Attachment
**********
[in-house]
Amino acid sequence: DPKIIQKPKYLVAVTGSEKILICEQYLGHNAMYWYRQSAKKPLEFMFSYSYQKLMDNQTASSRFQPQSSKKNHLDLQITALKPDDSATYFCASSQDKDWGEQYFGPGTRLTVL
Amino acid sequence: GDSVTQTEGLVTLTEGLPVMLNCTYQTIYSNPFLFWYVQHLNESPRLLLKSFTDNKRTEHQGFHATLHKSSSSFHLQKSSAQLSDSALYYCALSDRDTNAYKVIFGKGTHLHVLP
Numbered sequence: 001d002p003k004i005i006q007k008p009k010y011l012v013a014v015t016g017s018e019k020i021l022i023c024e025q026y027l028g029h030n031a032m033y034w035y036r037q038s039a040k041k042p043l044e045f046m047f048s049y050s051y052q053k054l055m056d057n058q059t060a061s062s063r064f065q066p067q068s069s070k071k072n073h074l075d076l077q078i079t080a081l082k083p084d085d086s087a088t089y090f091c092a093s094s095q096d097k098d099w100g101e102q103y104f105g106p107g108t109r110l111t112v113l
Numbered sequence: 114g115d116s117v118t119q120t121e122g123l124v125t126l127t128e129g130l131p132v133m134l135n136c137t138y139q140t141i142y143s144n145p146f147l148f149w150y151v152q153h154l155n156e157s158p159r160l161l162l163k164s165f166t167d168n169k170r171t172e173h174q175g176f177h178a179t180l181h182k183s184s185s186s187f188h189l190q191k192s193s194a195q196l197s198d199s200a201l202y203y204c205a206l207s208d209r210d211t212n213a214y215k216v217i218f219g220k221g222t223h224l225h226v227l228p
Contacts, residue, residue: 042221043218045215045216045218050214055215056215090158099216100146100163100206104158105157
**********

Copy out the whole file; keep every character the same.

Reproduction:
[in-house]
Amino acid sequence: DPKIIQKPKYLVAVTGSEKILICEQYLGHNAMYWYRQSAKKPLEFMFSYSYQKLMDNQTASSRFQPQSSKKNHLDLQITALKPDDSATYFCASSQDKDWGEQYFGPGTRLTVL
Amino acid sequence: GDSVTQTEGLVTLTEGLPVMLNCTYQTIYSNPFLFWYVQHLNESPRLLLKSFTDNKRTEHQGFHATLHKSSSSFHLQKSSAQLSDSALYYCALSDRDTNAYKVIFGKGTHLHVLP
Numbered sequence: 001d002p003k004i005i006q007k008p009k010y011l012v013a014v015t016g017s018e019k020i021l022i023c024e025q026y027l028g029h030n031a032m033y034w035y036r037q038s039a040k041k042p043l044e045f046m047f048s049y050s051y052q053k054l055m056d057n058q059t060a061s062s063r064f065q066p067q068s069s070k071k072n073h074l075d076l077q078i079t080a081l082k083p084d085d086s087a088t089y090f091c092a093s094s095q096d097k098d099w100g101e102q103y104f105g106p107g108t109r110l111t112v113l
Numbered sequence: 114g115d116s117v118t119q120t121e122g123l124v125t126l127t128e129g130l131p132v133m134l135n136c137t138y139q140t141i142y143s144n145p146f147l148f149w150y151v152q153h154l155n156e157s158p159r160l161l162l163k164s165f166t167d168n169k170r171t172e173h174q175g176f177h178a179t180l181h182k183s184s185s186s187f188h189l190q191k192s193s194a195q196l197s198d199s200a201l202y203y204c205a206l207s208d209r210d211t212n213a214y215k216v217i218f219g220k221g222t223h224l225h226v227l228p
Contacts, residue, residue: 042221043218045215045216045218050214055215056215090158099216100146100163100206104158105157